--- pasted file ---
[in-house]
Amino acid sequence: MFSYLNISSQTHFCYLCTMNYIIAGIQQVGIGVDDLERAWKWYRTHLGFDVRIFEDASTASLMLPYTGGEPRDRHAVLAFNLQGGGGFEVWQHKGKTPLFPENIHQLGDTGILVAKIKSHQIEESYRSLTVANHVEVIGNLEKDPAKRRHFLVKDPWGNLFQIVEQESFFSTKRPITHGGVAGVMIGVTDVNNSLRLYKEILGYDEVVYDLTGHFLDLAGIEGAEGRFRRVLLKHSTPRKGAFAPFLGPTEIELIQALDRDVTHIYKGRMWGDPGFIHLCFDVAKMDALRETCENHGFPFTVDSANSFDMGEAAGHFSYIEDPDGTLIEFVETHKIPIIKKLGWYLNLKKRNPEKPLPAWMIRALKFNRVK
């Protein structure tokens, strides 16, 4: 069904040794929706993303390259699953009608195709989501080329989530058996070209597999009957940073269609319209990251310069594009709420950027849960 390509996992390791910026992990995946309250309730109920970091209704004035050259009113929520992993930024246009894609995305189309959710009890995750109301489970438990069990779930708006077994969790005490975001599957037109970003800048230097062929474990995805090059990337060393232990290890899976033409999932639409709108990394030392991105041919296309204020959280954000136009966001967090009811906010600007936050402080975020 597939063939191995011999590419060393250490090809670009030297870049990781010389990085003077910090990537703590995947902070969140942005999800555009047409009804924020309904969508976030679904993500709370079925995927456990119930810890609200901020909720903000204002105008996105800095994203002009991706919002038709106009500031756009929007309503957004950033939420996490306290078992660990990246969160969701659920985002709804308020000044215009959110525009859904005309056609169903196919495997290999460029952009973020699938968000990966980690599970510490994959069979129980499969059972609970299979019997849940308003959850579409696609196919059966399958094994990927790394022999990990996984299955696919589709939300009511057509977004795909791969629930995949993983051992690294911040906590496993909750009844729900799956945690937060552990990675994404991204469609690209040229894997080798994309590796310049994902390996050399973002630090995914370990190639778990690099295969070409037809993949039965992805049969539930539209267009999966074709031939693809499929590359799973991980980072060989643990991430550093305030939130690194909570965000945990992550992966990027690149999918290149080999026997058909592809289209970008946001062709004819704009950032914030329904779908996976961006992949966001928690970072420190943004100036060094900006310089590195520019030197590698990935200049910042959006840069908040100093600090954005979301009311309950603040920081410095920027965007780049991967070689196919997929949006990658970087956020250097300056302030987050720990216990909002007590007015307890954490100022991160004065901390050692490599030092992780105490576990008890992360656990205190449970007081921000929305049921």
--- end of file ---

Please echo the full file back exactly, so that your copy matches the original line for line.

[in-house]
Amino acid sequence: MFSYLNISSQTHFCYLCTMNYIIAGIQQVGIGVDDLERAWKWYRTHLGFDVRIFEDASTASLMLPYTGGEPRDRHAVLAFNLQGGGGFEVWQHKGKTPLFPENIHQLGDTGILVAKIKSHQIEESYRSLTVANHVEVIGNLEKDPAKRRHFLVKDPWGNLFQIVEQESFFSTKRPITHGGVAGVMIGVTDVNNSLRLYKEILGYDEVVYDLTGHFLDLAGIEGAEGRFRRVLLKHSTPRKGAFAPFLGPTEIELIQALDRDVTHIYKGRMWGDPGFIHLCFDVAKMDALRETCENHGFPFTVDSANSFDMGEAAGHFSYIEDPDGTLIEFVETHKIPIIKKLGWYLNLKKRNPEKPLPAWMIRALKFNRVK
């Protein structure tokens, strides 16, 4: 069904040794929706993303390259699953009608195709989501080329989530058996070209597999009957940073269609319209990251310069594009709420950027849960 390509996992390791910026992990995946309250309730109920970091209704004035050259009113929520992993930024246009894609995305189309959710009890995750109301489970438990069990779930708006077994969790005490975001599957037109970003800048230097062929474990995805090059990337060393232990290890899976033409999932639409709108990394030392991105041919296309204020959280954000136009966001967090009811906010600007936050402080975020 597939063939191995011999590419060393250490090809670009030297870049990781010389990085003077910090990537703590995947902070969140942005999800555009047409009804924020309904969508976030679904993500709370079925995927456990119930810890609200901020909720903000204002105008996105800095994203002009991706919002038709106009500031756009929007309503957004950033939420996490306290078992660990990246969160969701659920985002709804308020000044215009959110525009859904005309056609169903196919495997290999460029952009973020699938968000990966980690599970510490994959069979129980499969059972609970299979019997849940308003959850579409696609196919059966399958094994990927790394022999990990996984299955696919589709939300009511057509977004795909791969629930995949993983051992690294911040906590496993909750009844729900799956945690937060552990990675994404991204469609690209040229894997080798994309590796310049994902390996050399973002630090995914370990190639778990690099295969070409037809993949039965992805049969539930539209267009999966074709031939693809499929590359799973991980980072060989643990991430550093305030939130690194909570965000945990992550992966990027690149999918290149080999026997058909592809289209970008946001062709004819704009950032914030329904779908996976961006992949966001928690970072420190943004100036060094900006310089590195520019030197590698990935200049910042959006840069908040100093600090954005979301009311309950603040920081410095920027965007780049991967070689196919997929949006990658970087956020250097300056302030987050720990216990909002007590007015307890954490100022991160004065901390050692490599030092992780105490576990008890992360656990205190449970007081921000929305049921």